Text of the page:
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Probability of a Probability

  1. Feb 3, 2007 #1

    JPC

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    Hey, lets take for example the probabilities when u throw 100 times a coin (lets say it cant be corner)

    ok , the probability is obviously 50 : 50

    but , whats the probability that your results are same as the probability for this case
     
  2. jcsd
  3. Feb 3, 2007 #2

    radou

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    The probability of what is '50 : 50' ? :wink:
     
  4. Feb 3, 2007 #3

    JPC

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    well

    well if u throw 100 times a coin
    the probability is : 50 heads, 50 tails
     
  5. Feb 3, 2007 #4

    D H

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    In other words, you want the probability of throwing exactly 50 heads (and 50 tails) in 100 tosses, any order of heads and tails.

    Is this homework? If so, please show what you have done. If not, I (or someone else here) will show you how to compute such a probability.
     
  6. Feb 3, 2007 #5

    ssd

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    Not for any coin. Only for an unbiased coin P(Head)=P(Tail) in a single toss = 0.5, assuming that there is no other outcome of the toss.
    Getting 50 heads and 50 tails is an event, it is not a probability.
    Again, if P(H)=0.5 then "50 heads" is the "expected" number of heads in 100 throws....it is not a probability.
    Now comming to your question: If you denote the no. of heads in 100 tosses by X, then X~Bin(100,0.5). Find P(X=50).
     
    Last edited: Feb 3, 2007
  7. Feb 3, 2007 #6

    JPC

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    What does that mean , i don'k know all the conventions yet ?

    and its not for homework
     
  8. Feb 3, 2007 #7

    radou

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    ssd was talking about random variables. You may want to google-up that term.
     
  9. Feb 3, 2007 #8

    D H

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    In particular, ssd was talking about a random variable with a binomial probability distribution, which applies only if the coin is unbiased and tosses are independent. Assuming an unbiased coin and indepdendent tosses, the answer to the original question is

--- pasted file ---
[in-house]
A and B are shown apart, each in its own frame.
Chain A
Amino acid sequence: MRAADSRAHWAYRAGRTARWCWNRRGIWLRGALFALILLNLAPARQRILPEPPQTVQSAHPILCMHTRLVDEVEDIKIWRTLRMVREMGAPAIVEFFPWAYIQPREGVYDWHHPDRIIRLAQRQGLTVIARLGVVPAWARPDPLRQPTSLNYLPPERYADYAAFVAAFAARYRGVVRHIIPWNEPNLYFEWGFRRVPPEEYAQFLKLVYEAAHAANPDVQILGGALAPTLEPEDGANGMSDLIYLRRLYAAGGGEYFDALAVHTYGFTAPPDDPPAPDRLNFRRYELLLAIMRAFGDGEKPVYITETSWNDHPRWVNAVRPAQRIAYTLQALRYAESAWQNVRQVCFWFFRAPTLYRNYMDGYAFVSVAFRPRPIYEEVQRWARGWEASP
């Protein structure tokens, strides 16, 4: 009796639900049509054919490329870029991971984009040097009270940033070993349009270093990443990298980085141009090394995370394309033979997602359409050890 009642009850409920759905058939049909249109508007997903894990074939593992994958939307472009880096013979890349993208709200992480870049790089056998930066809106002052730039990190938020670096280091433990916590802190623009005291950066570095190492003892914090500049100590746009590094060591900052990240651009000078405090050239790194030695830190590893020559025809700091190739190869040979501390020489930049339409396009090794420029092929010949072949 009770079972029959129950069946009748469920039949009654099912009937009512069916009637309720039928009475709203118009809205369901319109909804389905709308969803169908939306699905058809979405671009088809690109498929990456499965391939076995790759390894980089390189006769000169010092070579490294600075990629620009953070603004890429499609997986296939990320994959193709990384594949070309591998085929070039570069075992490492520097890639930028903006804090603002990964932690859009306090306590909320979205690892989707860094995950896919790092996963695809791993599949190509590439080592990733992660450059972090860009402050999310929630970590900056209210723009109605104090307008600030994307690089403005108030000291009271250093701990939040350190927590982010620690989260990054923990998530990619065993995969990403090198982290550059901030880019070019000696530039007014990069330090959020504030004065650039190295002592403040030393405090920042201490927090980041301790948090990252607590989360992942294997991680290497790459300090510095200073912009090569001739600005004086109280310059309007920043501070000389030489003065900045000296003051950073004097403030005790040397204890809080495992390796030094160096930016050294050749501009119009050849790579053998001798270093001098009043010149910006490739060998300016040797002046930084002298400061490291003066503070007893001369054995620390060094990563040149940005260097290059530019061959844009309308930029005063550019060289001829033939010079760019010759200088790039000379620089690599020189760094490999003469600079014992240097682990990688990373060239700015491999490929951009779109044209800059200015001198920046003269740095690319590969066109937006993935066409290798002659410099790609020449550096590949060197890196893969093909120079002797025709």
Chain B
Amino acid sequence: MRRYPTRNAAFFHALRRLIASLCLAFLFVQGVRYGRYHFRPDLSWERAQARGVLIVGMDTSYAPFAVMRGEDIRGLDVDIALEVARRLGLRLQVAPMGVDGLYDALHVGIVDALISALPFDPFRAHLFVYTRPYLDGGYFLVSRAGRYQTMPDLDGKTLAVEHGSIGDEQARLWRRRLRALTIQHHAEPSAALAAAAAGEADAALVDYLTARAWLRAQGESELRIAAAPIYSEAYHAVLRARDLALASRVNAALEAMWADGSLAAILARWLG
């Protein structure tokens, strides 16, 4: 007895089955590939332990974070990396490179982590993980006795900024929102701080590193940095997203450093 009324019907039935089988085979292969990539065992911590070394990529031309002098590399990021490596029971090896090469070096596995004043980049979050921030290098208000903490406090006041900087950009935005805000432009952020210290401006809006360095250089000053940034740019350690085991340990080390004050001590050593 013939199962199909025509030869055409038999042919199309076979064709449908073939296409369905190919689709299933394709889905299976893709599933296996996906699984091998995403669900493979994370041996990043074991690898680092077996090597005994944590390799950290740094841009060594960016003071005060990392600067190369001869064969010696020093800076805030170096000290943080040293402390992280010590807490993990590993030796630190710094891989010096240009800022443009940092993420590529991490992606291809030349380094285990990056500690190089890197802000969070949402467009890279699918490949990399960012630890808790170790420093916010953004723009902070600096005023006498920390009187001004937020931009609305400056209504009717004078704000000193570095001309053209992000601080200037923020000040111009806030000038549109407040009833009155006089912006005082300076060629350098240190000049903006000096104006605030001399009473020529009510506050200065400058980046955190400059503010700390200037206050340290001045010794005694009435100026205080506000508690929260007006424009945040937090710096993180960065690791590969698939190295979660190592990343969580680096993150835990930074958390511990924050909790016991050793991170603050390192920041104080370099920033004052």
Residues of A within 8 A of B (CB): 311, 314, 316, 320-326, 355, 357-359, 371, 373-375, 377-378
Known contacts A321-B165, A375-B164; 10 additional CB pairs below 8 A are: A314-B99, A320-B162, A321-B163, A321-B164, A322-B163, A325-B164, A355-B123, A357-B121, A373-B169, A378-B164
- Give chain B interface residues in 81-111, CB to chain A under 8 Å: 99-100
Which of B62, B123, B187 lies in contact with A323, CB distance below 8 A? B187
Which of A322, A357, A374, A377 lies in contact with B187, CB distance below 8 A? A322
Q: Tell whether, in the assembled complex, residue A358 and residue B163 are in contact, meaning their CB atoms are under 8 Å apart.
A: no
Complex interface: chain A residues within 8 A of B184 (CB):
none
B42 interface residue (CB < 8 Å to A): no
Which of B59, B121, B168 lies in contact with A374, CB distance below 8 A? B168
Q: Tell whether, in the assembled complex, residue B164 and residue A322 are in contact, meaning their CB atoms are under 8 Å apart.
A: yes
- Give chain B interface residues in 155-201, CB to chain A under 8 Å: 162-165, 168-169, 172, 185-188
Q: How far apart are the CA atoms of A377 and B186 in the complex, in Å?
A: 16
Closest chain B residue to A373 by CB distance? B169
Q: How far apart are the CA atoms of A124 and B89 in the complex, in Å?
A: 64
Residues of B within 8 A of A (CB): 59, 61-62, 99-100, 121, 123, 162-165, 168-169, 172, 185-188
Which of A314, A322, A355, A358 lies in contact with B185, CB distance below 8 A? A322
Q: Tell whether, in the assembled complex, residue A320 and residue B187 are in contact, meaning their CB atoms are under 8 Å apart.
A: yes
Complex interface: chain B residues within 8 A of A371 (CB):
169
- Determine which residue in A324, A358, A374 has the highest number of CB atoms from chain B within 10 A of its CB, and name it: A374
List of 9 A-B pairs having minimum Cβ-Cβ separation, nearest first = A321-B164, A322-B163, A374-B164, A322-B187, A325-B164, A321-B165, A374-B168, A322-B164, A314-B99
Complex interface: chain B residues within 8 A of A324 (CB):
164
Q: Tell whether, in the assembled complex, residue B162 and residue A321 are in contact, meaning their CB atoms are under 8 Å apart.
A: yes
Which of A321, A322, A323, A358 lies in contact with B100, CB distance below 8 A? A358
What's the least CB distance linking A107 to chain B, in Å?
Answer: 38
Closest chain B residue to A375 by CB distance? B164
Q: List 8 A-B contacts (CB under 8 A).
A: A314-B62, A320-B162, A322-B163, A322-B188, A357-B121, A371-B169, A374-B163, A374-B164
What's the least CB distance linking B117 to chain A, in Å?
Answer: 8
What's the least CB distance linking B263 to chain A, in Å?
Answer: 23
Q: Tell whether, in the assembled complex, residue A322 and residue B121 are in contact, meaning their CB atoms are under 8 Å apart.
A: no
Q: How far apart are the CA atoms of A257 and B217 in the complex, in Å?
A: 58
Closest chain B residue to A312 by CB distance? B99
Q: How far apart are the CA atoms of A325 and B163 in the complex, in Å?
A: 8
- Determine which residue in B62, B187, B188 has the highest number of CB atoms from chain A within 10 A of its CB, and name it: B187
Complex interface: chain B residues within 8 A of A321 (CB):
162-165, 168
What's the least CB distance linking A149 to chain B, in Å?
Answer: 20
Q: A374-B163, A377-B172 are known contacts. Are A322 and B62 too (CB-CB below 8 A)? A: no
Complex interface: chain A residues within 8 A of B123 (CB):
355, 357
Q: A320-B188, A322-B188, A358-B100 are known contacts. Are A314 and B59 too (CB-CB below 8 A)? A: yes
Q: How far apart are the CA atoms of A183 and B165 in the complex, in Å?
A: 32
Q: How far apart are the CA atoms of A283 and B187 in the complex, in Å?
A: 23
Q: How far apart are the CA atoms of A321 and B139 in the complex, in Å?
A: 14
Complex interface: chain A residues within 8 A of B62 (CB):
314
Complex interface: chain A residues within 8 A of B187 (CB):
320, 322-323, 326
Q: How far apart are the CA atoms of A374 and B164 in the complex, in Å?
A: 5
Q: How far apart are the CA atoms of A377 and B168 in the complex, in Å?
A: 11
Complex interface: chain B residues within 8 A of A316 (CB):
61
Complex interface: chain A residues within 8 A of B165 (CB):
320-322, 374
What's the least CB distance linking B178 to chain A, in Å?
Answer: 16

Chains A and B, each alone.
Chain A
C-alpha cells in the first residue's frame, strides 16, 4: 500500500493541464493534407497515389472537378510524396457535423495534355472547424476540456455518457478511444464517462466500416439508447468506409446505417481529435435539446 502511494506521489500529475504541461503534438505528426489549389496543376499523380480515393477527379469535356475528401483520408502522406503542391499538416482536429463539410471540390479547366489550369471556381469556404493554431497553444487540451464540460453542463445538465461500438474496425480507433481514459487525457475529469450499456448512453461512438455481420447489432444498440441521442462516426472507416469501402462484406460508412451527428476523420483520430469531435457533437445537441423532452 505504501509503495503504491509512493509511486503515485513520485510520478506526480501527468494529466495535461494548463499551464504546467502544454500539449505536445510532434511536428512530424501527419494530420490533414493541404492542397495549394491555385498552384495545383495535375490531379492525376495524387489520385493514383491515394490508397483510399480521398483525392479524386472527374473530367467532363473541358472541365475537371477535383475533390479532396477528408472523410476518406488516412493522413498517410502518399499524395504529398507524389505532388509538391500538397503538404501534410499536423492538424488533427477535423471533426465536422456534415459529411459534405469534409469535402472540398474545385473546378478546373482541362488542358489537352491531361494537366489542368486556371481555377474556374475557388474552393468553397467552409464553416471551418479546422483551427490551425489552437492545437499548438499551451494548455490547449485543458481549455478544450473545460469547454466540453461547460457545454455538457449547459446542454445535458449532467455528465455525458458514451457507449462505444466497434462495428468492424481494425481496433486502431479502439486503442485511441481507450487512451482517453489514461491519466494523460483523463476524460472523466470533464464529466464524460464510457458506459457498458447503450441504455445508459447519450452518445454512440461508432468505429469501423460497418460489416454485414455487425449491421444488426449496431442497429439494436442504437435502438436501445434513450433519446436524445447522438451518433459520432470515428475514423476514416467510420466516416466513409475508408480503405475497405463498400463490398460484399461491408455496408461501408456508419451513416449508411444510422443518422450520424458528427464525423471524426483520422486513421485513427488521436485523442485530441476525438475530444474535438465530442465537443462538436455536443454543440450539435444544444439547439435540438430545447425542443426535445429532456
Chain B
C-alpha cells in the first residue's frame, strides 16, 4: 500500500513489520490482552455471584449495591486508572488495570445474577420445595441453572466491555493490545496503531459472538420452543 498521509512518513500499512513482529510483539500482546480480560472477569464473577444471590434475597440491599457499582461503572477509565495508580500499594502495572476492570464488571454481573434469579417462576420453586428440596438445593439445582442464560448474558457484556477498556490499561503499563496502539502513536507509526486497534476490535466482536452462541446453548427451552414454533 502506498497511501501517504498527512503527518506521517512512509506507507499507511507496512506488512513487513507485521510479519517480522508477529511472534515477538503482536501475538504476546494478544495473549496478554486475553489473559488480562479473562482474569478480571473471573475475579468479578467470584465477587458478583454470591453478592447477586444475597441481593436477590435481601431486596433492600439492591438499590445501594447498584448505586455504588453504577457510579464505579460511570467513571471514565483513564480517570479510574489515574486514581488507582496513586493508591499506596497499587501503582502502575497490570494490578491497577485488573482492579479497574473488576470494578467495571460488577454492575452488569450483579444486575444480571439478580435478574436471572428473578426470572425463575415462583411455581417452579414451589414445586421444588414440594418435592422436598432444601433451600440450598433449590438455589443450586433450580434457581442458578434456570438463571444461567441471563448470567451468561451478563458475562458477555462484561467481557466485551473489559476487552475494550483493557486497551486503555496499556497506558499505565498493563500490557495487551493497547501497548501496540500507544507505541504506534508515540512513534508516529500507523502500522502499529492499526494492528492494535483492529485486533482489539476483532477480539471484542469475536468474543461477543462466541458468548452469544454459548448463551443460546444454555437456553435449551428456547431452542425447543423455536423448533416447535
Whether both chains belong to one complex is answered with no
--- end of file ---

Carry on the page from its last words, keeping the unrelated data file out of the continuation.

[tex]\frac{100!}{50!\,50!}\;\frac 1 {2^{100}} \approx 0.0796[/tex]
     
  10. Feb 4, 2007 #9

    ssd

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    Right you are. I did not mention the fact that the sum of Bernoullian trials will be Binomial if those trials are independent. Actually I really was focused on the statement of the problem.
     
    Last edited: Feb 4, 2007
  11. Feb 4, 2007 #10

    JPC

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    hey , u didnt put any operator between the 50! and 50!
    is it multiply ?

    and , u didnt put any operator between the two fractions, is it also multiply ?

    because , if it is , doesnt look very much like 0.0796

    100! : 5050
    50! : 1275
    50!² : 1625625

    5050 / (1625625 * 2^100) = 2.45...





    and, also, in general terms, what is the logic between this equation ?
     
    Last edited: Feb 4, 2007
  12. Feb 4, 2007 #11
    I'm not that good at probability, but the vinculum affects the order of operations, i.e.
    [tex]\frac{100!}{50!50!} \frac{1}{2^{100}} = ( 100! / 50!50! ) * ( 1 / 2^{100} ) = 0.0795892374[/tex]
     
    Last edited: Feb 4, 2007
  13. Feb 4, 2007 #12

    CRGreathouse

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    Wha...? 50! is a huge number with 65 digits, it's a lot bigger than 1275. 1275 = 50 + 49 + ... + 2 + 1, while 50! = 50 * 49 * ... * 2 * 1.
     
  14. Feb 4, 2007 #13

    JPC

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    oh damn , i made a mistake
    the ! is a multiplication , not addition, not 0.5(n² + n)

    i see my mistake
     
  15. Feb 4, 2007 #14

    JPC

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    but , how do u translate x! then ?

    like whats the equation to find it
    like if u want to find the sum of all the numbers from 0 to x its : 0.5(x + x²)
    but what is it for the multiplication ?
     
  16. Feb 4, 2007 #15

    CRGreathouse

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    There's no polynomial that gives a value close (for any reasonable definition of "close") to x! for all positive x.

    There are some approximation formulas; (x/e)^x ~ x! would be one of the simplest*, where e = 2.71828....

    If you want the exact answer you're just going to have to multiply it out, though. For this problem that's pretty much all you can do. Notice, though, that 100!/50! = 100 * 99 * ... * 51 * 50 * 49 * ... * 2 * 1 / (50 * 49 * ... * 2 * 1) = 100 * 99 * ... * 52 * 51.

    * I hope I got this right, it's from memory. There are much better ones if you need more accuracy; Gosper's reformulation of Stirling's estimate is pretty good.
     
  17. Feb 4, 2007 #16

    JPC

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    better solution (if x is smaller than 1 million)
    learn visual Basics , and make a program to do it for you using 'do until' - 'loop'


    But whats the logic in that equation ?
    how can i make an equation like that for other cases ?
    whats the clear syntax ?
     
    Last edited: Feb 5, 2007
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